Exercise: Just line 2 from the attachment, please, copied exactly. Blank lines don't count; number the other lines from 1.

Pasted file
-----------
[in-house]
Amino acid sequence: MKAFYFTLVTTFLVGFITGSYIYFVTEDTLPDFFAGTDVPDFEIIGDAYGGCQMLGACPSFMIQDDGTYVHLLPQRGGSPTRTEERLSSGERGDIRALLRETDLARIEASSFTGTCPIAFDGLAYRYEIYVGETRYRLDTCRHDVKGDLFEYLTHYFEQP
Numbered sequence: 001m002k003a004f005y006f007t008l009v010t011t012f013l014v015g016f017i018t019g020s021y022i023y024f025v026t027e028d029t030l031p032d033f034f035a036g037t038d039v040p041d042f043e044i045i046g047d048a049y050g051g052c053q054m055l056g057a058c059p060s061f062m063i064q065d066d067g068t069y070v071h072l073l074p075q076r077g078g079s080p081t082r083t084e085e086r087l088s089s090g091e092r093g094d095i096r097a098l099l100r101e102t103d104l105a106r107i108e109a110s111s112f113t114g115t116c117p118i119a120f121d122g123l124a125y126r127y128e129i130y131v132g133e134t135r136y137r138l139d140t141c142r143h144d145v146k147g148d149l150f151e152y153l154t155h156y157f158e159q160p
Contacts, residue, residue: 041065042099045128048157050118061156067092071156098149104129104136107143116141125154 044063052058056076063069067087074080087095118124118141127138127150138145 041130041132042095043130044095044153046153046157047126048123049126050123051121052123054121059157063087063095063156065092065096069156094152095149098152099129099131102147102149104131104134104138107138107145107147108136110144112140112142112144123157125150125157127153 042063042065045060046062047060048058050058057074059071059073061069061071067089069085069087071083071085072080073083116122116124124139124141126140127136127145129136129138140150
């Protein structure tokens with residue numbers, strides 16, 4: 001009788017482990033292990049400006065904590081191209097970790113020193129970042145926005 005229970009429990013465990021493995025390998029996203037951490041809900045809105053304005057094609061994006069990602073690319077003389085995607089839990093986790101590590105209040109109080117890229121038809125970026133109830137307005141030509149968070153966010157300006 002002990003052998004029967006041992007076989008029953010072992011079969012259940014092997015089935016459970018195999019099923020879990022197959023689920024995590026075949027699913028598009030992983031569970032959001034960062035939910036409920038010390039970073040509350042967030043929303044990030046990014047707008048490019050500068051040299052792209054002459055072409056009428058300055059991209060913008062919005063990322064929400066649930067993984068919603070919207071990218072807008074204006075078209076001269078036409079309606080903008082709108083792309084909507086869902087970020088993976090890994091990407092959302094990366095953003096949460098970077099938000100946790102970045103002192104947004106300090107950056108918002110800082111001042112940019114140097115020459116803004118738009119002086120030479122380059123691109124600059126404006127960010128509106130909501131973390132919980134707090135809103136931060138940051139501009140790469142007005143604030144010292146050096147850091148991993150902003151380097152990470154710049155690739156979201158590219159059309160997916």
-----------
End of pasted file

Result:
Amino acid sequence: MKAFYFTLVTTFLVGFITGSYIYFVTEDTLPDFFAGTDVPDFEIIGDAYGGCQMLGACPSFMIQDDGTYVHLLPQRGGSPTRTEERLSSGERGDIRALLRETDLARIEASSFTGTCPIAFDGLAYRYEIYVGETRYRLDTCRHDVKGDLFEYLTHYFEQP